Mentally Ill And Black: The Danger of Police
Image from an article talking about the importance of mental health trainings for police.
Research and data have well established that people of color are disproportionately overrepresented within the United States criminal legal system. Additionally, if an individual also has a mental illness, especially an undiagnosed one, their vulnerability to escalated severe police response is also increased. As such, people of color with mental illness are uniquely endangered by the color of their skin and their disability.
Image from an article talking about “The Enduring Myth of Black Criminality”
People of color are already at increased peril of involvement with the criminal legal system due to the color of their skin. For example, the criminalization of black individuals through the historical process and the modern media system has resulted in the general perception that Black people are dangerous criminals. Additionally, the warrior mentality, which encourages officers to adopt the same mentality and attitude— to survive no matter what —as soldiers in a life-threatening struggle, has resulted in officers being hypervigilant and prioritizing their safety. The perception of black people’s “innate” criminality and law enforcements’ hypervigilance has triggered severe and deadly interactions between police officers and citizens. Cases of young black men dying under police action, like George Floyd, Daunte Wright, and Tamir Rice, have led many to criticize police, claiming they are overtly brutal, abusing their power, and discriminating against people of color.
Image of Black Lives Matters protesters kneeling for nine minutes in remembrance of George Floyd.
Similarly, mental illness exacerbates the risk black communities will face more severe repercussions from the criminal legal system and its actors. Some sources argue that over a ⅓ or ½ of all police shootings involve a mentally ill individual. Additionally, according to a report by the Treatment Advocacy Center, they found that people with untreated mental illnesses are 16 times more likely to be killed during police encounters. Many scholars theorize this increased risk comes from an ableist expectation of compliance. Mentally ill individuals may not comply or may comply in an unexpected way, resulting in officers preemptively using force.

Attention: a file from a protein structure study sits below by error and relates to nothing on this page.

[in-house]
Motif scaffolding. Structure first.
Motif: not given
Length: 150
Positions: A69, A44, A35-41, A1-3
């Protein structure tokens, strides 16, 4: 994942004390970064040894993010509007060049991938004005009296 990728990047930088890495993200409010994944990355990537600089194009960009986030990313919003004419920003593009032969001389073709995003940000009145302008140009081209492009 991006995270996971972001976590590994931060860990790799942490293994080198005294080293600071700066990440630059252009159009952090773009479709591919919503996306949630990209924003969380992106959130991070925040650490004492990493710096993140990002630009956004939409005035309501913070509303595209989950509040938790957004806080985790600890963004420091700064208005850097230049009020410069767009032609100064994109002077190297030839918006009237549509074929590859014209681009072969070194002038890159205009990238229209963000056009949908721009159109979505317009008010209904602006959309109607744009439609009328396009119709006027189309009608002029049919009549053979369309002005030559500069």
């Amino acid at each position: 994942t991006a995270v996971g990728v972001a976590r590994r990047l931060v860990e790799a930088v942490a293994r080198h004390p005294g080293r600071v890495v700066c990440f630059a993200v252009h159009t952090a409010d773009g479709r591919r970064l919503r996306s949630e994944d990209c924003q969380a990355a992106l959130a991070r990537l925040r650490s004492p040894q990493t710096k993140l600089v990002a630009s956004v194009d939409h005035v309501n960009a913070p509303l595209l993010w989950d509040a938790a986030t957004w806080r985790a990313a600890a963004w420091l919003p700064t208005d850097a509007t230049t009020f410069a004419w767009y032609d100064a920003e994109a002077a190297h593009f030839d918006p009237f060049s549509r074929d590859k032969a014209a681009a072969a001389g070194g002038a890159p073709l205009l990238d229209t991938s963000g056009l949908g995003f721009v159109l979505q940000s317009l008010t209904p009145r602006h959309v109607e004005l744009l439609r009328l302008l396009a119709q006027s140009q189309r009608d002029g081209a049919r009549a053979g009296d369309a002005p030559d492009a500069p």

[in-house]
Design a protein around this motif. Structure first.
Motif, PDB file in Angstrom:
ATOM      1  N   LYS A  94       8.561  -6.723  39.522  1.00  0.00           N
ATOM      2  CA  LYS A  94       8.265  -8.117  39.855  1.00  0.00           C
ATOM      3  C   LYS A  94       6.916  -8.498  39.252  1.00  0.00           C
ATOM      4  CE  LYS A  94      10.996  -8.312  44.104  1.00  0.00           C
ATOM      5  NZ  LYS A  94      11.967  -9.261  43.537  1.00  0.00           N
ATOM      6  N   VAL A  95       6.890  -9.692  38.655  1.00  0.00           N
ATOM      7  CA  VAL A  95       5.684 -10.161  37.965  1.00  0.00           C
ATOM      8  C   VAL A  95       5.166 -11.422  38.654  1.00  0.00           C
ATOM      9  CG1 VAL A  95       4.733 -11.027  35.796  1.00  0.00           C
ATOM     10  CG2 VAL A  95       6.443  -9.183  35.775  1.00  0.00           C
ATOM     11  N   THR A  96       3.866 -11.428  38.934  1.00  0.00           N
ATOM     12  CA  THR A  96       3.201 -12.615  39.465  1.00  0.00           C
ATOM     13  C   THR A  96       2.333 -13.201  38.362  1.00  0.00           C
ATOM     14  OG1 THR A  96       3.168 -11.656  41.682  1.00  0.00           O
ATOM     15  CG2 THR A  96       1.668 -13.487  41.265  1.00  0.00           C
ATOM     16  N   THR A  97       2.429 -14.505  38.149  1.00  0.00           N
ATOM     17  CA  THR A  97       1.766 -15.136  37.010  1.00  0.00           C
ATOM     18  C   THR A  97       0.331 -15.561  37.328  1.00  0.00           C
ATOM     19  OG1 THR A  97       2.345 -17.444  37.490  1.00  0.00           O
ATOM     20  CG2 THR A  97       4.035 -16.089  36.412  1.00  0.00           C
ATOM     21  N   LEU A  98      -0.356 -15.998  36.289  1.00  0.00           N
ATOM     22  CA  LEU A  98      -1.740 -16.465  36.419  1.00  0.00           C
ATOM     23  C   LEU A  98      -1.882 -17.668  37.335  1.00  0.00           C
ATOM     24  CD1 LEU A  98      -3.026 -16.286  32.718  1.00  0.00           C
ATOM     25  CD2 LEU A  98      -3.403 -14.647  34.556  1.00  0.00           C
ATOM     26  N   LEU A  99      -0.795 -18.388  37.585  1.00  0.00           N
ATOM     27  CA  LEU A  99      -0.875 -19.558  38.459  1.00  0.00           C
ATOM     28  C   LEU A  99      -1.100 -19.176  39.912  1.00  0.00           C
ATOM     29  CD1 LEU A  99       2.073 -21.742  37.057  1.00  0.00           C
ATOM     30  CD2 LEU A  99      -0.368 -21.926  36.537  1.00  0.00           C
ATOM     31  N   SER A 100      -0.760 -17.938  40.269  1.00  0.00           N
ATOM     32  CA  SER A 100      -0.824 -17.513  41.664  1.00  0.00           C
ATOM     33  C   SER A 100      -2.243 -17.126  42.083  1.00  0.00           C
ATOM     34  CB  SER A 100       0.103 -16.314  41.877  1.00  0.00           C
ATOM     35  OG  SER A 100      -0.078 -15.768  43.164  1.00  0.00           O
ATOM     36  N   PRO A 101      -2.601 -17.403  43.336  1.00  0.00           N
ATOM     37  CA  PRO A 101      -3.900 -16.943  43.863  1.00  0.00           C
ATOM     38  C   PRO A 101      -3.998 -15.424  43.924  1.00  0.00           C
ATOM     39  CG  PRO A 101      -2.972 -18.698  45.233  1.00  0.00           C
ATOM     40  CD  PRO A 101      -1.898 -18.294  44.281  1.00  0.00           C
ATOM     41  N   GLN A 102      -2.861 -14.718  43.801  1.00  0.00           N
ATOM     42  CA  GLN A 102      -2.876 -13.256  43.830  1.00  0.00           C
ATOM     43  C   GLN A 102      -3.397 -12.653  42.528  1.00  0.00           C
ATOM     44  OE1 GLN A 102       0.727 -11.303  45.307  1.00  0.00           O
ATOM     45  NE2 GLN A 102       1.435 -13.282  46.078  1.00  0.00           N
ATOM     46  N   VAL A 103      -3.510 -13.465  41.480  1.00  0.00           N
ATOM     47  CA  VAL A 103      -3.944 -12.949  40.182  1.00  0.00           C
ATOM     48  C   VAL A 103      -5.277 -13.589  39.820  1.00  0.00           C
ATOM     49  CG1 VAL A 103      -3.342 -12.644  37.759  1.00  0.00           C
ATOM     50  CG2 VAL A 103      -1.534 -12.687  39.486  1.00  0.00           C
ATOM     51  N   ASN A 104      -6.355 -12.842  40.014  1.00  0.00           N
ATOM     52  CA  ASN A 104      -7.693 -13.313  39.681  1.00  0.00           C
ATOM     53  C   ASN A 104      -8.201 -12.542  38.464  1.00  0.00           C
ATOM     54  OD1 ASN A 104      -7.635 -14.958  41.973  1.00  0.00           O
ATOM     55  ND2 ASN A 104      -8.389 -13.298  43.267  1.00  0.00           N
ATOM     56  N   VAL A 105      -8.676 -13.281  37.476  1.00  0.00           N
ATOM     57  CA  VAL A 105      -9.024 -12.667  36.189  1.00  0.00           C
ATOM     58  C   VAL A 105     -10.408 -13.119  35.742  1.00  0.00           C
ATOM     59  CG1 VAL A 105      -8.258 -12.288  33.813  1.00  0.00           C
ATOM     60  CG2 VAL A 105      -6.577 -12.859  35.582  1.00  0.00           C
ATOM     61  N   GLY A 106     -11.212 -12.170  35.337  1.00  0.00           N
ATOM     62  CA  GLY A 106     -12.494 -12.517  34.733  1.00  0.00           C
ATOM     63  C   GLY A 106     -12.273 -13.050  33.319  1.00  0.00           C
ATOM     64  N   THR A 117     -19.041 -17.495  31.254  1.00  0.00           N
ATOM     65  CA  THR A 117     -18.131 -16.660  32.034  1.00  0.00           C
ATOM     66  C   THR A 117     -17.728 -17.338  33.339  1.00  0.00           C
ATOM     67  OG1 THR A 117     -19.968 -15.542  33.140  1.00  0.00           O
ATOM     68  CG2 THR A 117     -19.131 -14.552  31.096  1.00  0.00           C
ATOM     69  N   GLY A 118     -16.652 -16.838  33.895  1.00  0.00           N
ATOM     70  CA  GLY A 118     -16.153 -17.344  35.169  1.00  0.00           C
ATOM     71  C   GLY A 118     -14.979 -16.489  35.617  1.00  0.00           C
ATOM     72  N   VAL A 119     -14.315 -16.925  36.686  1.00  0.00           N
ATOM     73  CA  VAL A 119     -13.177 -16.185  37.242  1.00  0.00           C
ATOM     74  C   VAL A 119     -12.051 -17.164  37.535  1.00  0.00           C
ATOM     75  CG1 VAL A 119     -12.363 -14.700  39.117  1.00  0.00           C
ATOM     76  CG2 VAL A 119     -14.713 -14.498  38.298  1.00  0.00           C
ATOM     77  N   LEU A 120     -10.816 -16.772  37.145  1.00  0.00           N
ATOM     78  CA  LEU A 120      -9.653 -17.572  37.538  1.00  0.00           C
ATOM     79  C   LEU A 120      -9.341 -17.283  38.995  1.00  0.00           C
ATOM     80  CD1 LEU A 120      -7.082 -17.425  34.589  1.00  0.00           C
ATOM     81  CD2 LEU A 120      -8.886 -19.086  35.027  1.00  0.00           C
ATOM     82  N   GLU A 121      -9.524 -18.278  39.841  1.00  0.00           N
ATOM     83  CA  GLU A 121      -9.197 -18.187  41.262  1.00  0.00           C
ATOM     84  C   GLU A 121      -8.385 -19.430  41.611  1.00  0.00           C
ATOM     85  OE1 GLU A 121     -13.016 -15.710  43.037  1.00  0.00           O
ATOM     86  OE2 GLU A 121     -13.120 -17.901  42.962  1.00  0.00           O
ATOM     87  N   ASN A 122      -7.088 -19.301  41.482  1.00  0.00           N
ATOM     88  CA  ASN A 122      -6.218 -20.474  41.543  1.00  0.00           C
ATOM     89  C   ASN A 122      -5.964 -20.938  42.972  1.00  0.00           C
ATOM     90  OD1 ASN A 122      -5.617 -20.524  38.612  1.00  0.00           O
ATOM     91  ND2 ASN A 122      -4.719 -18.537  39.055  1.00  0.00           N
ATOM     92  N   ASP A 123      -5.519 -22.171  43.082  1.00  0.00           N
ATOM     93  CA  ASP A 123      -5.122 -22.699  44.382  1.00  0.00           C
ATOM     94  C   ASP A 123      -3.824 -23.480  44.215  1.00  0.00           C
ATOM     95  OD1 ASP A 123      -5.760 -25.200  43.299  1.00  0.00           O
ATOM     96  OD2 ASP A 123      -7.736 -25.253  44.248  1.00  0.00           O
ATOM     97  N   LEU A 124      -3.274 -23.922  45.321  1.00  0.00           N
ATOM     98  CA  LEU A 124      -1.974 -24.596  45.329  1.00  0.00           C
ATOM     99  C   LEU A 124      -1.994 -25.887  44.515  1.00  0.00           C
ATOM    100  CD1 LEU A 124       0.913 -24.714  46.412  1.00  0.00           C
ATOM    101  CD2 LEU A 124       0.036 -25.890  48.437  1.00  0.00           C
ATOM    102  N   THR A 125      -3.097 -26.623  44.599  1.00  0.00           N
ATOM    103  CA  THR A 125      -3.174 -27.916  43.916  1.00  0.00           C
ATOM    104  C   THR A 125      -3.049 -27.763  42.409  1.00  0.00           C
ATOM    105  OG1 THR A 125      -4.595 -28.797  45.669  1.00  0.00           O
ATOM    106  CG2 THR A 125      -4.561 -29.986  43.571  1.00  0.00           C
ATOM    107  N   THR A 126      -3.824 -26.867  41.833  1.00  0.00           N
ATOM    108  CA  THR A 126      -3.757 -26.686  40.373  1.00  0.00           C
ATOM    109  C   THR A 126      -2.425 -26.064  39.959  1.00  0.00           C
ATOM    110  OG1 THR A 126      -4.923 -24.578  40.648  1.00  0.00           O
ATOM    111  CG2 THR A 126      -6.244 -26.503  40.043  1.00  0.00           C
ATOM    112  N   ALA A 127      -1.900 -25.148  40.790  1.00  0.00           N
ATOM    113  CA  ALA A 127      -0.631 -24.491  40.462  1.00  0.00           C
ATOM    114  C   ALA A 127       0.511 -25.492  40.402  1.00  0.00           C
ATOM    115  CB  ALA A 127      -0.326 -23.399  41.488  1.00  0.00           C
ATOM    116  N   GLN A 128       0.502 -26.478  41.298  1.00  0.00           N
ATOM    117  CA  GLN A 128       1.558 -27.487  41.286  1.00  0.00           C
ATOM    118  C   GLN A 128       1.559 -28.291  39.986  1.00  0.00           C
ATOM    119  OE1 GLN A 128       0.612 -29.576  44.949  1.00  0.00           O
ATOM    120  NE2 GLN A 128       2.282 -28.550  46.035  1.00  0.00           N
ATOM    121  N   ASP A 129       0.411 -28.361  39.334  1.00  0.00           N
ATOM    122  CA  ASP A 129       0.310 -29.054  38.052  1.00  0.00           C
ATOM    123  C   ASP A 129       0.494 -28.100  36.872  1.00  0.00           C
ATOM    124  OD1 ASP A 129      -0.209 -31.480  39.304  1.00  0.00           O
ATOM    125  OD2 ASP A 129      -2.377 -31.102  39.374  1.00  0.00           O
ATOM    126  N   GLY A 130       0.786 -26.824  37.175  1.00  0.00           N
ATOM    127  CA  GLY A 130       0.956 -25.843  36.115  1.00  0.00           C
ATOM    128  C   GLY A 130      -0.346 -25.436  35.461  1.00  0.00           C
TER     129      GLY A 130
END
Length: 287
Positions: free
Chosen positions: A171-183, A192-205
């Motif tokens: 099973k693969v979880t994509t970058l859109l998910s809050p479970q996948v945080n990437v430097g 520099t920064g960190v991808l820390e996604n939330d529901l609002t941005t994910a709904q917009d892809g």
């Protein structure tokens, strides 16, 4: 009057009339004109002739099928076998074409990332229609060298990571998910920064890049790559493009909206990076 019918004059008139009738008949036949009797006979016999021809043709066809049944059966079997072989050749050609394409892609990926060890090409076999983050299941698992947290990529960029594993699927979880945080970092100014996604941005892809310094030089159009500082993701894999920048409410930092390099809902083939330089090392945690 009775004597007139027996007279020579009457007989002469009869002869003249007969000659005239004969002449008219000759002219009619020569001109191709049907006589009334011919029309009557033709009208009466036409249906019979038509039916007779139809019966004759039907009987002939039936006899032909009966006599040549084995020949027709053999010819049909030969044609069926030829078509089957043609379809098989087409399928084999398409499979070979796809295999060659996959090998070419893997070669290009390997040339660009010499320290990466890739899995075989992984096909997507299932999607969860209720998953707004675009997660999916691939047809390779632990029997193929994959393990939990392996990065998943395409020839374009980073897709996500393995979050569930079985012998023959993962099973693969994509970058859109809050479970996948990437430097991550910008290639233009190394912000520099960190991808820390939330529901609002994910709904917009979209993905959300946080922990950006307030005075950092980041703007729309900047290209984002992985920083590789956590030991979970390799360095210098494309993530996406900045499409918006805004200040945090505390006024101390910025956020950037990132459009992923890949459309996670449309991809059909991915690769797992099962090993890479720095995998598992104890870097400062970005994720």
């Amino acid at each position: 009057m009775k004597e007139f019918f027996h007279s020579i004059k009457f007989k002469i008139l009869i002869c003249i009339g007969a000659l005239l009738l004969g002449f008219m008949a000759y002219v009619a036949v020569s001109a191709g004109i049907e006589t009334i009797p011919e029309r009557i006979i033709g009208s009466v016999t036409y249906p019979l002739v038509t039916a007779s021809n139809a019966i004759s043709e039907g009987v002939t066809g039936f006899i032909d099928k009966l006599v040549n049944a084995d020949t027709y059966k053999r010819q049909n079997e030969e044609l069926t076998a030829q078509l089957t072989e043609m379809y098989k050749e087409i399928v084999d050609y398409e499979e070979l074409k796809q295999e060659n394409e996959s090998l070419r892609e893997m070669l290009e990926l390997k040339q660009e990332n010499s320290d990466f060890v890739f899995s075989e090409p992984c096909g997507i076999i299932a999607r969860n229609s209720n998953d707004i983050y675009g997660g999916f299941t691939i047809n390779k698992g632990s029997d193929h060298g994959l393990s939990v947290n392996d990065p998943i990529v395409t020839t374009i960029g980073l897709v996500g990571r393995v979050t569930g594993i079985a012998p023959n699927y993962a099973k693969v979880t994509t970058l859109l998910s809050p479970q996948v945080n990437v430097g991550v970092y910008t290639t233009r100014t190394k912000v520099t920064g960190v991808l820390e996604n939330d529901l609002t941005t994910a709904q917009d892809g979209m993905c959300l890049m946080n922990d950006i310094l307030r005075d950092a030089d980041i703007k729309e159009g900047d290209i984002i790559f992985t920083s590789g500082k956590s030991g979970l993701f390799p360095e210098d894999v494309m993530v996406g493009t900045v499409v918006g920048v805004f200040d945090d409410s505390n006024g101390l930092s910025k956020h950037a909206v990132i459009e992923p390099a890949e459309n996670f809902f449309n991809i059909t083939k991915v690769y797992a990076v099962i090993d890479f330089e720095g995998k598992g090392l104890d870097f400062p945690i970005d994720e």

Image of protesters at a Brooklyn rally over police violence against the mentally ill. This rally was organized in response to the police killing of James Owen after they were called to his home for having a mental breakdown.
Ultimately, mental illness intertwined with blackness puts an individual at double risk of serious police response. The perception of black people as dangerous criminals already causes police to resort more quickly to force. Mental illnesses further this narrative while worsening the public perception of black people. As Talila A. Lewis, a community lawyer at Helping Educate to Advance the Rights of Deaf Communities (HEARD), explained the U.S. government uses “constructed ideas about disability, delinquency and dependency, intertwined with constructed ideas about race to classify and criminalize people.” Additionally, due to social and economic disadvantages, black people are more likely than their white counterparts to have a higher risk of chronic illness, like mental illnesses. They also are less likely to receive treatment or formal diagnoses for their illnesses or disabilities, leading to further complications and possible worsening of their symptoms. Although we may be unsure how severe the frequency at which mental illness and race affect police interactions, there should still be concern surrounding instances with these circumstances.
Image of a protest against police brutality
Accordingly, many advocates and scholars are calling for policing and public policy changes. For example, many are calling for police to have more training that features cultural awareness, de-escalation, and how to handle individuals with mental illness. Additionally, more funds should be allocated toward supporting systems that help individuals with mental illnesses. Finally, there should be a tracking system designed to record the potential role mental illness may play in police encounters.